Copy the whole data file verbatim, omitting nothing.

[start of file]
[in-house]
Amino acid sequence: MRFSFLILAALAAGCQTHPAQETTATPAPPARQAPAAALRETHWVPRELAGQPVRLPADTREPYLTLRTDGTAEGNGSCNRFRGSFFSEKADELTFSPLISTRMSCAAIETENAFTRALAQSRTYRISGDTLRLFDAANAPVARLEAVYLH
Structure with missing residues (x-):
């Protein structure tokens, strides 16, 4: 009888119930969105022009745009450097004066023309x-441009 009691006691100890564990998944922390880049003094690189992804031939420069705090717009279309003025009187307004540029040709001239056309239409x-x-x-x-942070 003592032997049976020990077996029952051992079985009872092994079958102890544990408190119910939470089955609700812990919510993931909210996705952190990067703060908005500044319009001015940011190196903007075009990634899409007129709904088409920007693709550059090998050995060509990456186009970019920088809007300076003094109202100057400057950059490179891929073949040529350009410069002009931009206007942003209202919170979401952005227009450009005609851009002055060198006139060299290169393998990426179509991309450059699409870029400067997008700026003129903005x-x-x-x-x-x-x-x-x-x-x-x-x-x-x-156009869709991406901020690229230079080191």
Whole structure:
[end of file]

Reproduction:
[in-house]
Amino acid sequence: MRFSFLILAALAAGCQTHPAQETTATPAPPARQAPAAALRETHWVPRELAGQPVRLPADTREPYLTLRTDGTAEGNGSCNRFRGSFFSEKADELTFSPLISTRMSCAAIETENAFTRALAQSRTYRISGDTLRLFDAANAPVARLEAVYLH
Structure with missing residues (x-):
């Protein structure tokens, strides 16, 4: 009888119930969105022009745009450097004066023309x-441009 009691006691100890564990998944922390880049003094690189992804031939420069705090717009279309003025009187307004540029040709001239056309239409x-x-x-x-942070 003592032997049976020990077996029952051992079985009872092994079958102890544990408190119910939470089955609700812990919510993931909210996705952190990067703060908005500044319009001015940011190196903007075009990634899409007129709904088409920007693709550059090998050995060509990456186009970019920088809007300076003094109202100057400057950059490179891929073949040529350009410069002009931009206007942003209202919170979401952005227009450009005609851009002055060198006139060299290169393998990426179509991309450059699409870029400067997008700026003129903005x-x-x-x-x-x-x-x-x-x-x-x-x-x-x-156009869709991406901020690229230079080191």
Whole structure: